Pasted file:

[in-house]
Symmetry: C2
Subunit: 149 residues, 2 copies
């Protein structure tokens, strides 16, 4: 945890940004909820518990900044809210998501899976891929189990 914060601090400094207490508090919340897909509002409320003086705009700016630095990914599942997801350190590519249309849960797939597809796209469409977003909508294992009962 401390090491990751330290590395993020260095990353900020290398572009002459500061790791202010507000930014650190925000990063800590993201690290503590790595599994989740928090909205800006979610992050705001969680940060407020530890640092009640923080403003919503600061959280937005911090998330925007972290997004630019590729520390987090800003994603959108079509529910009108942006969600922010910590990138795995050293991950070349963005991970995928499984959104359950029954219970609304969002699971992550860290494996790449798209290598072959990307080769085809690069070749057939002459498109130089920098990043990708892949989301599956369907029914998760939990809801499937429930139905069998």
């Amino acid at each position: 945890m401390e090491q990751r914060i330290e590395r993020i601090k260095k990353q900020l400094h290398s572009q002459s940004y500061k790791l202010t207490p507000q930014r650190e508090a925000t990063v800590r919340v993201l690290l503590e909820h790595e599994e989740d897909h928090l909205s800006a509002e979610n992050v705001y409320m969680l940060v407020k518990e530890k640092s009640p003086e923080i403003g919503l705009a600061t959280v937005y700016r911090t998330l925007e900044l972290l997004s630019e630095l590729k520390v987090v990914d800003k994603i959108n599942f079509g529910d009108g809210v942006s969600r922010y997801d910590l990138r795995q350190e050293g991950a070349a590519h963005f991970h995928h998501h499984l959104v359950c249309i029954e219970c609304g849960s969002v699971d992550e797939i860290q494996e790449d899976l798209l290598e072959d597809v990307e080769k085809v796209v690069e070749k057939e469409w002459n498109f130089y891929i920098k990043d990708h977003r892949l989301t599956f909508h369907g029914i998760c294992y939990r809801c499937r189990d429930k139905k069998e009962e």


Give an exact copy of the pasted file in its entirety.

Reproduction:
[in-house]
Symmetry: C2
Subunit: 149 residues, 2 copies
């Protein structure tokens, strides 16, 4: 945890940004909820518990900044809210998501899976891929189990 914060601090400094207490508090919340897909509002409320003086705009700016630095990914599942997801350190590519249309849960797939597809796209469409977003909508294992009962 401390090491990751330290590395993020260095990353900020290398572009002459500061790791202010507000930014650190925000990063800590993201690290503590790595599994989740928090909205800006979610992050705001969680940060407020530890640092009640923080403003919503600061959280937005911090998330925007972290997004630019590729520390987090800003994603959108079509529910009108942006969600922010910590990138795995050293991950070349963005991970995928499984959104359950029954219970609304969002699971992550860290494996790449798209290598072959990307080769085809690069070749057939002459498109130089920098990043990708892949989301599956369907029914998760939990809801499937429930139905069998």
């Amino acid at each position: 945890m401390e090491q990751r914060i330290e590395r993020i601090k260095k990353q900020l400094h290398s572009q002459s940004y500061k790791l202010t207490p507000q930014r650190e508090a925000t990063v800590r919340v993201l690290l503590e909820h790595e599994e989740d897909h928090l909205s800006a509002e979610n992050v705001y409320m969680l940060v407020k518990e530890k640092s009640p003086e923080i403003g919503l705009a600061t959280v937005y700016r911090t998330l925007e900044l972290l997004s630019e630095l590729k520390v987090v990914d800003k994603i959108n599942f079509g529910d009108g809210v942006s969600r922010y997801d910590l990138r795995q350190e050293g991950a070349a590519h963005f991970h995928h998501h499984l959104v359950c249309i029954e219970c609304g849960s969002v699971d992550e797939i860290q494996e790449d899976l798209l290598e072959d597809v990307e080769k085809v796209v690069e070749k057939e469409w002459n498109f130089y891929i920098k990043d990708h977003r892949l989301t599956f909508h369907g029914i998760c294992y939990r809801c499937r189990d429930k139905k069998e009962e």